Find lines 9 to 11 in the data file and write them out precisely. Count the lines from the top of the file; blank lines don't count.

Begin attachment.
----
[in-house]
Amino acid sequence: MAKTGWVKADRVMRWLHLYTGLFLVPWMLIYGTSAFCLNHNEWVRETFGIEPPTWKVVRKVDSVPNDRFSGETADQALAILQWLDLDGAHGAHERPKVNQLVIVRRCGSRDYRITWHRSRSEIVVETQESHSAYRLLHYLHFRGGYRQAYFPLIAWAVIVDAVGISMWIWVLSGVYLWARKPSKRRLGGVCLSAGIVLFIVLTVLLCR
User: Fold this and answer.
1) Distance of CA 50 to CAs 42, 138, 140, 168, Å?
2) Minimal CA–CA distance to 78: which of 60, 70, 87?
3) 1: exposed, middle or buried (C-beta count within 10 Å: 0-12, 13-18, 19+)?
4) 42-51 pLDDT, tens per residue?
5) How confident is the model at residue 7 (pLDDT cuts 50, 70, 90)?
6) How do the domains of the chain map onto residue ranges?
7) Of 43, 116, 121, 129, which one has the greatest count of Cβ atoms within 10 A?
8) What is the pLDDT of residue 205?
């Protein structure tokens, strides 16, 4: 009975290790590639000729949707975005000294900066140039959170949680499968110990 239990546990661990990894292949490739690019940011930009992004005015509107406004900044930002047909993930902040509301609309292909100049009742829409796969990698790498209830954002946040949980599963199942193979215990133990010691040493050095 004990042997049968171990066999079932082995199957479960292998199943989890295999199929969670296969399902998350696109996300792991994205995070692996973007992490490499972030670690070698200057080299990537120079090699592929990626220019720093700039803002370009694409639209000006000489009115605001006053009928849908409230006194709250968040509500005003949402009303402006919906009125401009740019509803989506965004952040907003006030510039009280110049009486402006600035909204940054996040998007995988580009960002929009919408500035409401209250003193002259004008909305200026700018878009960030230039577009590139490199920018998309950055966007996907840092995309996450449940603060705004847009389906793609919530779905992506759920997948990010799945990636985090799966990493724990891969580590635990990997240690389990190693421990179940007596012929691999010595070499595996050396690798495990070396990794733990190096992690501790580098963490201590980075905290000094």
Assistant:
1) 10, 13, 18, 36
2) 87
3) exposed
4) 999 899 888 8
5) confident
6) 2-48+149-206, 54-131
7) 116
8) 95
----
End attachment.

6) How do the domains of the chain map onto residue ranges?
7) Of 43, 116, 121, 129, which one has the greatest count of Cβ atoms within 10 A?
8) What is the pLDDT of residue 205?